About volunteering with Compassion International
– Our story volunteering for missions, and a great opportunity to get your church involved
We are always looking for opportunities to volunteer for missions. And one way to do that is to volunteer for Compassion International during a concert, at the Compassion experience, or at a missions conference. They’ll even come to your church. Our experience volunteering follows, but first a bit about Compassion:
Compassion is an organization that helps people in the West sponsor a child born into a cycle of poverty, with the aim of breaking this cycle, providing an alternate future through healthcare, education, proper nutrition and love. They are also consistently ranked one of the top charities in the nation (In the very top 1% of ALL CHARITIES) by Charity Navigator.
We love that they are a “love thy neighbor” ministry. They are advocates for children in poverty and see them as whole beings with bodies, minds, souls and spirits. We see them as unique and precious in God’s sight. And they give them an opportunity to learn about Jesus. You can get to know them better at http://www.compassion.com/about/about-us.htm
Our experience volunteering with Compassion
We have friends who have volunteered and sponsored children with Compassion International for a long time. As relative “newbies” sponsoring, we got connected through a “Rock n Worship” Roadshow in Phoenix in March 2015.
The thing that struck me most at the concert was the story of a young boy, born into extreme poverty in a slum in Africa. His mother had died and his father worked when he could find day labor to feed his son. They often went without food, and he couldn’t attend school because of fees, uniforms, and books,…One day there was a knock on his shack, and a man told him amazing, unbelievable things – promises really – that from now on, he would have three meals a day to eat, that when he was sick they would pay for him to see a doctor and receive medicine, that he would have clothes to wear and would have his school and books paid for so that he could make something of his life, and even provide for himself and his family in the future. That day, everything in his life changed. I believe this is also a picture of what happened to me – Of what Jesus did for me – So I am that boy. And maybe God has “knocked on your shack” too.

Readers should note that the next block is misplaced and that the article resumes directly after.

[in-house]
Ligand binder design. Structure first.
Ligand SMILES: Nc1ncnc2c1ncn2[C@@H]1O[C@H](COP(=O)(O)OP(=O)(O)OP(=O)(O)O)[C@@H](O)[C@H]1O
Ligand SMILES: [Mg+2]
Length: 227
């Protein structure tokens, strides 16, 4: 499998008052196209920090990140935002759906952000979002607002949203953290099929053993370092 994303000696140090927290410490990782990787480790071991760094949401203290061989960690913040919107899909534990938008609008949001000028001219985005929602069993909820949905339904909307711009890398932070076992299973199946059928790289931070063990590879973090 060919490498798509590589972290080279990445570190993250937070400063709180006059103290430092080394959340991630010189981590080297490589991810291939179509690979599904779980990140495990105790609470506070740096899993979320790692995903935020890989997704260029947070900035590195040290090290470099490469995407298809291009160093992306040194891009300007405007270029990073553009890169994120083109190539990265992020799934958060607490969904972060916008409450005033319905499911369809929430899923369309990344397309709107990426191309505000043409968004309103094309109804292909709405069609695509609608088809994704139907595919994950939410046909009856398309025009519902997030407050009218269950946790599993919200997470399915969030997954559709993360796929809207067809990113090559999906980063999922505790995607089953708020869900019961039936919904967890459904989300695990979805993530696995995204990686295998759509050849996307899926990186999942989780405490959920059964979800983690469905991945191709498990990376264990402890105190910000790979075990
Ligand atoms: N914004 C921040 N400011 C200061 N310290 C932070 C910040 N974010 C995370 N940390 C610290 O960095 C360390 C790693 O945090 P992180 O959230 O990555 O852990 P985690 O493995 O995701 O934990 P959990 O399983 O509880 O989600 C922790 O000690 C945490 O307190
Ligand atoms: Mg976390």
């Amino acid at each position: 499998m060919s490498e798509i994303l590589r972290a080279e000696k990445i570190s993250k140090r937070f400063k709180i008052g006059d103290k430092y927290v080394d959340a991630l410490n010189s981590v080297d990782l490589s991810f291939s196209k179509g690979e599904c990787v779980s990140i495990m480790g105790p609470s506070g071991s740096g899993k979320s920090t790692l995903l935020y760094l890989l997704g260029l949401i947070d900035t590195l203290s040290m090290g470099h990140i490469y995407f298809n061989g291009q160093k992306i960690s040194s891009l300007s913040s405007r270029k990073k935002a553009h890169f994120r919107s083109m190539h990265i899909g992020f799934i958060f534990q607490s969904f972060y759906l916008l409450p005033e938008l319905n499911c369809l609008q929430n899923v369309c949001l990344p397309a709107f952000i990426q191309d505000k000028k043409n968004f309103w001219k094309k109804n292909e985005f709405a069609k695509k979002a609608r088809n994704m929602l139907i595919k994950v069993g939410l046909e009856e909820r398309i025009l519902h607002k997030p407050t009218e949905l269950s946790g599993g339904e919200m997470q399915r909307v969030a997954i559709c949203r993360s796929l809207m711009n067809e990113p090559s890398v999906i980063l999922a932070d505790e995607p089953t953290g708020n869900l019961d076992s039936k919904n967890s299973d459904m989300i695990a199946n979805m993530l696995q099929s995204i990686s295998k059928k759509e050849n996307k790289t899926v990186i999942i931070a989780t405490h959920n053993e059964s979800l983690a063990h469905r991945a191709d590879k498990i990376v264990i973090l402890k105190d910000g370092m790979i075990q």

We decided to make that same story repeat itself, this time for another little child, by becoming sponsors that night. And less than two months later, chose to meet another need by responding to an email to volunteer with Compassion at a different concert event, “For King and Country” (this time in Tuscon).
Compassion relies on volunteer sponsors and volunteers from churches to stretch their dollars and reduce costs. This also provides plenty of opportunity for people to get involved and learn what Compassion is all about.
As mentioned, we received the opportunity to volunteer through an email. They clearly explained the need and all the particulars. After telling them we could help, they stayed in communication with email reminders and even links to videos that clearly and professionally explained what was expected of us, how to help, and what to do once we arrived. In our case, since everything was already set up, we reported in and found everyone helpful and ready to work!
We were given a blue “apron” that holds child sponsor packets, pens, and (in our case, at this event) CDs as gifts for those who signed up to sponsor that night and paid for the first month. The blue apron is so that those attending can clearly recognize you as a Compassion volunteer, and help hold supplies.